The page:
The Sophia Centre was established at Bath Spa University in 2002, where it achieved an international reputation for its ground-breaking and innovative MA Cultural Astronomy and Astrology.

In 2007 the Centre transferred to the University of Wales, Lampeter, in order to achieve a greater international reach and teach the MA as a distance-learning programme. The MA is now taught within the University's School of Archaeology, History and Anthropology.

The Sophia Centre’s academic goals are 'to pursue research, scholarship and teaching in the relationship between astrological, astronomical and cosmological beliefs and theories, and society, politics, religion and the arts, past and present' and to 'to undertake the academic and critical examination of astrology and its practice'. We can sponsor research in any time-period or culture.

The Centre’s wider goal is stated in its title – to ‘study cosmology in culture’. This enables us to tackle a wide range of topics, from Egyptian sky religion and Babylonian astrology, to astronomy in surrealist painting, astrology in contemporary culture, UFO abduction and the politics of the space race.

The Centre promotes research in the subject area, holds seminars and conferences, including an annual graduate conference, is associated with the publication Culture and Cosmos, teaches the MA in Cultural Astronomy and Astrology and supervises PhD students. We are associated with the academic press; Sophia Centre Press.

We define Cultural Astronomy as the ‘study of the application of beliefs about the stars to all aspects of human culture, from religion and science to the arts and literature. It includes the new discipline of archaeoastronomy - the study of astronomical alignments, orientation and symbolism in architecture, ancient and modern’. Astrology is 'the practice of relating the heavenly bodies to lives and events on earth, and the tradition that has thus been generated’. We take our cue from Michael Hoskin, editor of the Journal on the History of Astronomy, who posed the question, ‘what astronomy is not an astronomy in culture?’ We are heavily influenced by recent trends in anthropology, which means that modern western culture can be subject to the same academic scrutiny as pre-modern or non-western cultures, and by questions such as the requirement for the scholar or research to engage in practice as part of their study of practice.

Cultural astronomy is an emerging discipline attracting an increasing number of scholars who are aware of the sky’s importance to humanity. The importance of astrology in the history of ideas was established by Lynn Thorndike in 1905 in ‘The Place of Magic in the Intellectual History of Europe’. Astrology’s role in contemporary culture tends to be mentioned briefly by sociologists, often in a New Age context, but is rarely investigated in detail.

The words astronomy and astrology have distinct meanings in modern English. Astronomy is the scientific study of the physical universe. Astrology is more akin to a study of the psychic universe. The split between the two, though, is a feature of the modern west. Both words are of Greek origin; astronomy means the ‘law’ of the stars, while astrology is best translated as the ‘word’, or ‘reason’, of the stars. In the classical world, their meanings overlapped. To the Greek scholar Claudius Ptolemy, writing in the 2nd century, there were two forms of astronomy, one which dealt with the movement of the stars, the other (which we would call astrology) with their effects or significance.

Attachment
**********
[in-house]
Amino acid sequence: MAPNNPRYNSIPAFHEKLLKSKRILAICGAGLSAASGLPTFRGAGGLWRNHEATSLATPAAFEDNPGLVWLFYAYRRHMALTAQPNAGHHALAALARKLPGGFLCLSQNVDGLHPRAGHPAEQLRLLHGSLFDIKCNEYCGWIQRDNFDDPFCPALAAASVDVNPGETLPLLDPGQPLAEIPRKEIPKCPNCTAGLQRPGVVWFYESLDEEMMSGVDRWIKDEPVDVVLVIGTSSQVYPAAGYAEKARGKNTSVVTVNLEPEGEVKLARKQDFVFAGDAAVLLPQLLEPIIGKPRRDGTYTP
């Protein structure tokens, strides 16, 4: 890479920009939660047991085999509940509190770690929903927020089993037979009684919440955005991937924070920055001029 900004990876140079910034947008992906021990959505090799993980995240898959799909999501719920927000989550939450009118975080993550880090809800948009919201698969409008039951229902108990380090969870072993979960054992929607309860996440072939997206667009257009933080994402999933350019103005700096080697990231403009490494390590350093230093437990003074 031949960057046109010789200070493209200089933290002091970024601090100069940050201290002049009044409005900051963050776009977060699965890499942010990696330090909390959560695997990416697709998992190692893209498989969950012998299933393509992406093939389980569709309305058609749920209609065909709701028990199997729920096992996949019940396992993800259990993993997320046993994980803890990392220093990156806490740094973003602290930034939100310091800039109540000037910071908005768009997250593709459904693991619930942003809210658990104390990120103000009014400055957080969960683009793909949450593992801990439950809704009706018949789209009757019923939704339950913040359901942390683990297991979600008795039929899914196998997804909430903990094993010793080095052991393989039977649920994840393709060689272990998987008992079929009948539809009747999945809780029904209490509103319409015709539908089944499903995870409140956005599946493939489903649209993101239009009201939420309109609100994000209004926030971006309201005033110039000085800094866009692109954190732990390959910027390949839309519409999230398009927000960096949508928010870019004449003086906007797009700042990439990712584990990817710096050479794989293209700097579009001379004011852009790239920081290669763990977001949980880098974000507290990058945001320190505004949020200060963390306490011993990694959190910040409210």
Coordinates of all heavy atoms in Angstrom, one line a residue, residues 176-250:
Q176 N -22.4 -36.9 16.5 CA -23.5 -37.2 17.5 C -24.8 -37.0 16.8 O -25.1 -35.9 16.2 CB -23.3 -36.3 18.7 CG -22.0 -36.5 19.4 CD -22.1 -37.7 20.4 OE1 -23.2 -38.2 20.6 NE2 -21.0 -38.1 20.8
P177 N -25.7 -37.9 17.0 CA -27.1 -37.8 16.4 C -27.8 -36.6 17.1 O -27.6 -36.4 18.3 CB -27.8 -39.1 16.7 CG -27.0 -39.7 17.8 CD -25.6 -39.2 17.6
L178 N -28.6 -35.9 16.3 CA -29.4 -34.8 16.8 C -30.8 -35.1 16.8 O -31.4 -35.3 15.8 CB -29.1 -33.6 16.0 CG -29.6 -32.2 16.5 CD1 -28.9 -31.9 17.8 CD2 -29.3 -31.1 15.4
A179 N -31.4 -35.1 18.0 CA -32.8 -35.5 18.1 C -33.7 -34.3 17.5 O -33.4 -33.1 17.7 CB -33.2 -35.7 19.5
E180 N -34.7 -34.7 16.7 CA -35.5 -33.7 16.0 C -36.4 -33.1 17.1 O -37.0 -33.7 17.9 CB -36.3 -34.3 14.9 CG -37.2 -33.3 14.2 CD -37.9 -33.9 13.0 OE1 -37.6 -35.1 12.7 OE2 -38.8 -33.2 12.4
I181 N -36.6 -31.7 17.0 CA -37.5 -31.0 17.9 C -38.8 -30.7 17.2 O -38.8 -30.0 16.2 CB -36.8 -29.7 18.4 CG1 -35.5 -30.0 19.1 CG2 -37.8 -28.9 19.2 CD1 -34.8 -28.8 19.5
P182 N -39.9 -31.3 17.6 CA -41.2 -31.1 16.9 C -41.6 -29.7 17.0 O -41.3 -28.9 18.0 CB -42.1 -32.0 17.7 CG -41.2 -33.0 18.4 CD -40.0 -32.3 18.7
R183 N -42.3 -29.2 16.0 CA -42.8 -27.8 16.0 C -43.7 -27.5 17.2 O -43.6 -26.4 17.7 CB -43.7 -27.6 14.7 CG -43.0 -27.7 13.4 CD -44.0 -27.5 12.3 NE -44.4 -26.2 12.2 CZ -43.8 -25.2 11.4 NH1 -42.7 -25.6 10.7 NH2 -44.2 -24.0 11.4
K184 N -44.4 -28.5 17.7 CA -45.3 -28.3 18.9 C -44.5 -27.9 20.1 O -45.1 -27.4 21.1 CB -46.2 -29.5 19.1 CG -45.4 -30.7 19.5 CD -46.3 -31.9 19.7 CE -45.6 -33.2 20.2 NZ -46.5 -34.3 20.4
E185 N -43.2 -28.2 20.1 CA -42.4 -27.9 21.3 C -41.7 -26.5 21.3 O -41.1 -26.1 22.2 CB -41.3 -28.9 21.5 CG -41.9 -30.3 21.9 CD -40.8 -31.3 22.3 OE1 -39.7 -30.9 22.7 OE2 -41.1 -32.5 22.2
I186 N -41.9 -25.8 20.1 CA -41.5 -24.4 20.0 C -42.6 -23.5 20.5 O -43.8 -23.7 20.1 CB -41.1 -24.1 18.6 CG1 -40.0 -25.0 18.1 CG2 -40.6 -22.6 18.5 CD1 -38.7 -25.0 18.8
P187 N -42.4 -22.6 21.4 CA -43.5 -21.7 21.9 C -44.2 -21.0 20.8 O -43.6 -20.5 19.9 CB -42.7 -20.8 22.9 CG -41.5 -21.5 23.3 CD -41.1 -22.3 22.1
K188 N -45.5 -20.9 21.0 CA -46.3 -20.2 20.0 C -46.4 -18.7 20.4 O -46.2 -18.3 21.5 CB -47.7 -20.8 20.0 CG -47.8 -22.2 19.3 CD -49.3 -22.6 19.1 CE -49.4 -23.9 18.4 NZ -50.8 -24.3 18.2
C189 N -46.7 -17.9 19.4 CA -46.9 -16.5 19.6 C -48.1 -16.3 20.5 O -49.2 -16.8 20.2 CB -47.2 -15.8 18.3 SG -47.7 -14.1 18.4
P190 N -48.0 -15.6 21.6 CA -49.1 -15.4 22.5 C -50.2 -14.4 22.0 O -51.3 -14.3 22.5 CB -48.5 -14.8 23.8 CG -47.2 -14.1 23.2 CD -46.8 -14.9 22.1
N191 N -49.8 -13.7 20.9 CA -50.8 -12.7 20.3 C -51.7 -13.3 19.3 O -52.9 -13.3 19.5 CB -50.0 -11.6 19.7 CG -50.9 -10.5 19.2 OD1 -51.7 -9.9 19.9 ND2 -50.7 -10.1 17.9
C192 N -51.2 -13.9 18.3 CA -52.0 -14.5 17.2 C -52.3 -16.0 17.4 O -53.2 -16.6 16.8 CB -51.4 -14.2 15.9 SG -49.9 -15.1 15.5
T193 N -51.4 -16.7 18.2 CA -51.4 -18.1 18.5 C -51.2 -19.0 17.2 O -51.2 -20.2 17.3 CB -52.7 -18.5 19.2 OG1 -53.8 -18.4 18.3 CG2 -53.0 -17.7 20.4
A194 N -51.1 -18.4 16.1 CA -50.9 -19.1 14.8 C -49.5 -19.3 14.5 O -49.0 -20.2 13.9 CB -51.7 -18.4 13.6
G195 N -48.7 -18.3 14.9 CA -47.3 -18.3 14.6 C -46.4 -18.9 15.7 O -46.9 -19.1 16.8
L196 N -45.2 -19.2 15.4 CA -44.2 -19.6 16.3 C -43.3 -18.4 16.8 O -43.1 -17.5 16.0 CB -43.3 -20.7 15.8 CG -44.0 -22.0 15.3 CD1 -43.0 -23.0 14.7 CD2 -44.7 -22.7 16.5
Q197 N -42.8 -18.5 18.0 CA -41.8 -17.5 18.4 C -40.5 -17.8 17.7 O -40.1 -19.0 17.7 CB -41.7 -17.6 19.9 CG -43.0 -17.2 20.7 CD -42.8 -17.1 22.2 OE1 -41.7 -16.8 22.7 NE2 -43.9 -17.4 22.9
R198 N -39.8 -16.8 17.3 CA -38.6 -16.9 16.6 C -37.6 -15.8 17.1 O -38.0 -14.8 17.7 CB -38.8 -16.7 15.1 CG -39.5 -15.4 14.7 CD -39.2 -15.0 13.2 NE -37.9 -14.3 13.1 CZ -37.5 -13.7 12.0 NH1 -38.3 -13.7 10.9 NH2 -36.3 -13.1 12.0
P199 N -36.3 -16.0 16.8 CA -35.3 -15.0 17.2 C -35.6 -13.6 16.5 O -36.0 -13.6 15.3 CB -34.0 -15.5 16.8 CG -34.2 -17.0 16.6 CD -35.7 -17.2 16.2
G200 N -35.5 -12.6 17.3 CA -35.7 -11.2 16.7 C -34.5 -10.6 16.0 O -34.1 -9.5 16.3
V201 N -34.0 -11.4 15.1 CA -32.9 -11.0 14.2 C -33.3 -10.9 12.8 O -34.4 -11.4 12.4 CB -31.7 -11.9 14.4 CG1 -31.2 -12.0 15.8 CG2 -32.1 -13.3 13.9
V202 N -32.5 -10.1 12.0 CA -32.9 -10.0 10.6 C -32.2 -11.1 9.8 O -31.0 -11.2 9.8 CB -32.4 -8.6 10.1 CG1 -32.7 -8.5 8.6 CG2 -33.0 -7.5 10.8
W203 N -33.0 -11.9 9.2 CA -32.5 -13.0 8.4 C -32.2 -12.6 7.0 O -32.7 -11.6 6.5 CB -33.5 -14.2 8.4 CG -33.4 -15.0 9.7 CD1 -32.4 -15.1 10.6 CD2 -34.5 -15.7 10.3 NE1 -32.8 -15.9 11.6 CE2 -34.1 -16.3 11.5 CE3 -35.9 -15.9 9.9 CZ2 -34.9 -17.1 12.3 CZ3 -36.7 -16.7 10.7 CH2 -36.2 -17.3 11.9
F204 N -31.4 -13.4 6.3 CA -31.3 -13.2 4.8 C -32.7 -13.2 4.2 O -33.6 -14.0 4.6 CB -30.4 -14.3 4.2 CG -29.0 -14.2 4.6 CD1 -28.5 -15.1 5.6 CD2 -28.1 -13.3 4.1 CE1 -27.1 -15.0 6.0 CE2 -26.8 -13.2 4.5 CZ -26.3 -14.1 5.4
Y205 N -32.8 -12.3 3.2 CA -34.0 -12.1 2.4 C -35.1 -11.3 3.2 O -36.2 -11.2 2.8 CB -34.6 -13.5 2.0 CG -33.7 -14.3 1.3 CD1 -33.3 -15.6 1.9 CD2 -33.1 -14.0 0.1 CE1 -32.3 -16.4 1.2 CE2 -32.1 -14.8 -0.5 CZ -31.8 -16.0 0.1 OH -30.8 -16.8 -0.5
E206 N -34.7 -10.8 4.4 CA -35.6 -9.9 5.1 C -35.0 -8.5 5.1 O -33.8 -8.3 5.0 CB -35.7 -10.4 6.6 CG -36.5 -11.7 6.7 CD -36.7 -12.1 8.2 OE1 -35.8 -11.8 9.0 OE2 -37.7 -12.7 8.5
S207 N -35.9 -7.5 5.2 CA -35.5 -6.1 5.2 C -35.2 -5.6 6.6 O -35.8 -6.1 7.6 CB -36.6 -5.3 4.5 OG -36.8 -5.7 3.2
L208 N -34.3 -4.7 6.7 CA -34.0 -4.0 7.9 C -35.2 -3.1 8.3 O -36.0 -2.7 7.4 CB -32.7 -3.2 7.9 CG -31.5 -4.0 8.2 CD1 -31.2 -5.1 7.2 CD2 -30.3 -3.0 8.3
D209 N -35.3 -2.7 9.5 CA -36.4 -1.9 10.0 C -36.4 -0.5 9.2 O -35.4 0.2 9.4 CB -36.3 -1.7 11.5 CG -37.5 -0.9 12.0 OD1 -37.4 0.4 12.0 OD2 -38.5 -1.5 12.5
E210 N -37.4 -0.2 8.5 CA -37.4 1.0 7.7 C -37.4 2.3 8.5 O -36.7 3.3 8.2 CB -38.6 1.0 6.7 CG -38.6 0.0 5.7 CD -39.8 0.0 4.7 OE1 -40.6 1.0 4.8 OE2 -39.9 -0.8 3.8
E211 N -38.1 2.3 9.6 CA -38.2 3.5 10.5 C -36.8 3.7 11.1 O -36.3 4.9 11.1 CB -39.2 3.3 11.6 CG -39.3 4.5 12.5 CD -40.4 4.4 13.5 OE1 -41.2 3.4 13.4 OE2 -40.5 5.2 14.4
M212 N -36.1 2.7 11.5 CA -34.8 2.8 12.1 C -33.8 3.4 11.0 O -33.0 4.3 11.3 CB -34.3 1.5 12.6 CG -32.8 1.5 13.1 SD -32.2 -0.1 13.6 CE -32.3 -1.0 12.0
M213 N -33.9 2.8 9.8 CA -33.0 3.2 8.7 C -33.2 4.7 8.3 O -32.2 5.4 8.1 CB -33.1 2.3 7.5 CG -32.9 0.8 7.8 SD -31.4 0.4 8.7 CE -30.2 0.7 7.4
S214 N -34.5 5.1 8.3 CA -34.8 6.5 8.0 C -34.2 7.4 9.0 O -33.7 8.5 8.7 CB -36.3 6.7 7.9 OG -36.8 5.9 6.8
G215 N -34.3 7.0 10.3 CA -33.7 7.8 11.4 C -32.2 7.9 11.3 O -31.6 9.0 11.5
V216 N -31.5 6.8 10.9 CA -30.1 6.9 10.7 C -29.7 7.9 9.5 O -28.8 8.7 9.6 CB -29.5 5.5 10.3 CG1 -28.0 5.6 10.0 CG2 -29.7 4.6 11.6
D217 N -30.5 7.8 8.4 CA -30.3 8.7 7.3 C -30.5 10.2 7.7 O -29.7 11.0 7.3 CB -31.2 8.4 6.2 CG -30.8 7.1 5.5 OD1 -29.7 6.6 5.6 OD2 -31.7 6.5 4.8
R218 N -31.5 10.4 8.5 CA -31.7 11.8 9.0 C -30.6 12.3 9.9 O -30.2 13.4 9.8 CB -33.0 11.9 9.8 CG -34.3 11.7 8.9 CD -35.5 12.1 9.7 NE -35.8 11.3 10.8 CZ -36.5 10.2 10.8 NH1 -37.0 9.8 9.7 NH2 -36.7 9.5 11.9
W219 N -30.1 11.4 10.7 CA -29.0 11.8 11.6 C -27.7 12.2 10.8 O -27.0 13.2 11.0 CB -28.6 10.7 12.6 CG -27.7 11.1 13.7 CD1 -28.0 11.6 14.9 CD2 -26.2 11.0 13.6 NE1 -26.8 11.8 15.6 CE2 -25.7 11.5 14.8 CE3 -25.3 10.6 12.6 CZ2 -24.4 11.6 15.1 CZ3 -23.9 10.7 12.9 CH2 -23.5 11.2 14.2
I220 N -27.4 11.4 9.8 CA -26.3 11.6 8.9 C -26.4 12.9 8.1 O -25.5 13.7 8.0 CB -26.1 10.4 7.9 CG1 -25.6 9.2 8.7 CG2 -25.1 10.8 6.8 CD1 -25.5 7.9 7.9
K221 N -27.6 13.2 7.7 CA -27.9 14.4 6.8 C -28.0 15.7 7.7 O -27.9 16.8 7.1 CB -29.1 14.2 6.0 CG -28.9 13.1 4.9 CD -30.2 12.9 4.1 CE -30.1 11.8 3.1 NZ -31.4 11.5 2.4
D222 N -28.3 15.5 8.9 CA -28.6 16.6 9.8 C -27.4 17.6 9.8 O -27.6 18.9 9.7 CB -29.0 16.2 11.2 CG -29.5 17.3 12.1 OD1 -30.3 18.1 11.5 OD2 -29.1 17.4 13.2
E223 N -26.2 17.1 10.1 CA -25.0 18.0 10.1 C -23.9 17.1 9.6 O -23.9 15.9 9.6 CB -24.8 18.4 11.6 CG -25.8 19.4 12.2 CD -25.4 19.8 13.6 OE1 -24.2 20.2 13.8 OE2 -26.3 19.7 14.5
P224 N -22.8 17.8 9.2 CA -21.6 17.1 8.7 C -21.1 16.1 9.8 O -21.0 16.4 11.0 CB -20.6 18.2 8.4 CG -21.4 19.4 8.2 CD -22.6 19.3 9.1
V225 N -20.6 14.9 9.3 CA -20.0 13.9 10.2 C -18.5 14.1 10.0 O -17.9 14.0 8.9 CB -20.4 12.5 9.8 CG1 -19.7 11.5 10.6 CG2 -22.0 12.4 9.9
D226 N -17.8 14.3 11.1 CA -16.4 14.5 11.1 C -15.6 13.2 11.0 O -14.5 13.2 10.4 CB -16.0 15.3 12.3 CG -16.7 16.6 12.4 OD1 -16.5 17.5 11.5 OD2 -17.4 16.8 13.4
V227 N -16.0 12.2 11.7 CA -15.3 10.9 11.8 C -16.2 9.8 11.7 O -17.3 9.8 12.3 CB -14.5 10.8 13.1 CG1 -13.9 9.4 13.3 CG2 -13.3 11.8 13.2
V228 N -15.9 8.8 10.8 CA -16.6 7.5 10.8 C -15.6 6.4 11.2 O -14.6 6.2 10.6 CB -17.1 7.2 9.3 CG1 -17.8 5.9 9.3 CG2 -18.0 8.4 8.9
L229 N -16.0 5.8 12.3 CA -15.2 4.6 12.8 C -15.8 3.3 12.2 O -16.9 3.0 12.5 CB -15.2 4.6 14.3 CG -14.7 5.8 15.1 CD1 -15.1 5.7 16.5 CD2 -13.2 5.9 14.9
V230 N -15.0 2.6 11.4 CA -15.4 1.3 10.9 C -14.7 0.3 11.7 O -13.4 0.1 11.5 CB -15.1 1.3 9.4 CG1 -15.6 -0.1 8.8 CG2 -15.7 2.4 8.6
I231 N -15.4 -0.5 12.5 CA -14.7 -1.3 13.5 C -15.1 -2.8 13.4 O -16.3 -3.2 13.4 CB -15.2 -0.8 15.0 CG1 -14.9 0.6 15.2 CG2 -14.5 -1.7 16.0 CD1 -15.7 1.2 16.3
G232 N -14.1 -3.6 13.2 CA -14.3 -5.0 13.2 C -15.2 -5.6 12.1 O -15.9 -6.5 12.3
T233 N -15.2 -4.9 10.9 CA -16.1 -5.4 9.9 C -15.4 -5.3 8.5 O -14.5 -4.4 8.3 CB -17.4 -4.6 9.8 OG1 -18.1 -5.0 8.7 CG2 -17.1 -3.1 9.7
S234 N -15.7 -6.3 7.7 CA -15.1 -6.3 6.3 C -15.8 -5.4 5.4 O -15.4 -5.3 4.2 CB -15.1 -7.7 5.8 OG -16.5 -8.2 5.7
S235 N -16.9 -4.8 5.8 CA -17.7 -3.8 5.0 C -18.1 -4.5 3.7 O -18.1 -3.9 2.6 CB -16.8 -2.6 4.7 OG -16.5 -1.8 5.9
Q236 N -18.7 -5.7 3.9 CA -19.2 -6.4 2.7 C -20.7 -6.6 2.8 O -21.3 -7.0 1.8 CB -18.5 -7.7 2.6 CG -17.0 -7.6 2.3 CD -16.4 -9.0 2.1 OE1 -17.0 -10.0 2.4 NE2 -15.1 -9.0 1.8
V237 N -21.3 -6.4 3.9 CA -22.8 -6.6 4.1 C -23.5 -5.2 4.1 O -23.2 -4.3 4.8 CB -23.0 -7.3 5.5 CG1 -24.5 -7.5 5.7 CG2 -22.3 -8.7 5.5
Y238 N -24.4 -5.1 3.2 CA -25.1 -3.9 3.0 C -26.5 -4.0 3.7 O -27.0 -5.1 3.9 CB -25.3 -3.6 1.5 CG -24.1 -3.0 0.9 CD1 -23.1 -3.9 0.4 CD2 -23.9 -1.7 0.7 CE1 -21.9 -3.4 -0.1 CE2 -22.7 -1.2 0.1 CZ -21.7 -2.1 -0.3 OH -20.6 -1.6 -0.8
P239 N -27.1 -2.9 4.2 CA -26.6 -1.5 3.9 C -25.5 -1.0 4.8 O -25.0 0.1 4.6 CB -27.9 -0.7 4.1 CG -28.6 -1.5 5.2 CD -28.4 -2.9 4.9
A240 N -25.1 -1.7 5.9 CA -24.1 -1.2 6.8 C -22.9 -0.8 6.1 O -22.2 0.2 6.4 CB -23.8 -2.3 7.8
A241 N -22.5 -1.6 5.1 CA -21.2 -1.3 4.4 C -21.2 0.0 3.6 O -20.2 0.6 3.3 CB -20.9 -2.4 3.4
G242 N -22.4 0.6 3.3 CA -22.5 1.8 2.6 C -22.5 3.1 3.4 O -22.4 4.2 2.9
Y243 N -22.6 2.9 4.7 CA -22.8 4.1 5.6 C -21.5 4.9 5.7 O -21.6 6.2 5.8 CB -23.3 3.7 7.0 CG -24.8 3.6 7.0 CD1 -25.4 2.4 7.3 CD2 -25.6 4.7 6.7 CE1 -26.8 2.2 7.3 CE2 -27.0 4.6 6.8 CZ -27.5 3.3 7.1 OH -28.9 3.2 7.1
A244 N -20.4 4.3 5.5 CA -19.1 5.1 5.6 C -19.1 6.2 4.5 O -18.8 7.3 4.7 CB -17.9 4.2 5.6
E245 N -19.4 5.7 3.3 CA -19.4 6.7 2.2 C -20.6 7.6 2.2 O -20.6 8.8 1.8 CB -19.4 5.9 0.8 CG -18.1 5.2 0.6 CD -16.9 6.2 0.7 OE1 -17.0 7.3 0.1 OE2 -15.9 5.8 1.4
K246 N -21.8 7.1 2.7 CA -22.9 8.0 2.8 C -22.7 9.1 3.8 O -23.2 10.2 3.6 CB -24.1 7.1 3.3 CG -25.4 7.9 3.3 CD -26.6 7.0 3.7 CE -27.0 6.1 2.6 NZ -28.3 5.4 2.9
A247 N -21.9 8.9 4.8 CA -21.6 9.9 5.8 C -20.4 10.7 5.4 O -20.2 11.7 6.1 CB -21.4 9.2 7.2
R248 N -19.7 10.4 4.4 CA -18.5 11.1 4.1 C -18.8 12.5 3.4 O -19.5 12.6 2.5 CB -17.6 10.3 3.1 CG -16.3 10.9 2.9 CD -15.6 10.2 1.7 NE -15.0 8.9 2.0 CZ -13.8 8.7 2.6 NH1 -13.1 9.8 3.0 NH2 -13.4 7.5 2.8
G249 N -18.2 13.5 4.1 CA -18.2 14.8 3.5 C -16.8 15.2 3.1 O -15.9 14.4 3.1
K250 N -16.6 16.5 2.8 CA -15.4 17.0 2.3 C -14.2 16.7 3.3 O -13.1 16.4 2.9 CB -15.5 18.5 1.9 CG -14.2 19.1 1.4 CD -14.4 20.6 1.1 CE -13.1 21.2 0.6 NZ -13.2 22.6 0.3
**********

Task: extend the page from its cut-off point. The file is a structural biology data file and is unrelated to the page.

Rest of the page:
From then until the seventeenth century, the two words were interchangeable. In ‘King Lear’, Shakespeare had Edgar refer to his brother Edmund, who had been posing as an astrologer, as a ‘sectary astronomical’. Other terms Shakespeare might have used include mathematician (the astronomer Johannes Kepler studied astrology as part of his duties as ‘Imperial Mathematician’) or Chaldean (both astrology and astronomy were commonly traced to Mesopotamia). Neither do most non-western countries employ different words to distinguish traditional astronomy from astrology. In India both are jyotish, the ‘science of light’. In Japan they are onmyōdō, the ‘yin-yang way’. The title of the MA, whose subject matter includes the beliefs and practices of pre-modern and non-western cultures, as well as contemporary worlds, is therefore necessarily ‘Cultural Astronomy AND Astrology’.

The Centre’s purpose is to understand the cultural role and function of beliefs about the sky, rather than mathematical astronomy or technical astrology. We work from a humanities/social science perspective and encompass research styles and methodologies from anthropology, history, religious studies and sociology. The focus is on astronomy and astrology as systems of story-telling about the cosmos, or the location of meaning in the heavens.

Work undertaken by students has included such diverse topics as classical theories of the ascent of the soul, Christian critiques of astrology, modern pagan calendar rituals, children’s perceptions of the sky, the use of astrology in business, the tarot as a cosmological model in the nineteenth century ‘occult revival’, astrology and enchantment, astrology in surrealist painting, the naming of planets, the nature of the astrological consultation, and cinema as cosmology. We aim to publish the best student work.

We welcome inquiries from prospective students around the world. We maintain international links with other institutions pursuing similar programmes and are always ready to consider offers of collaboration.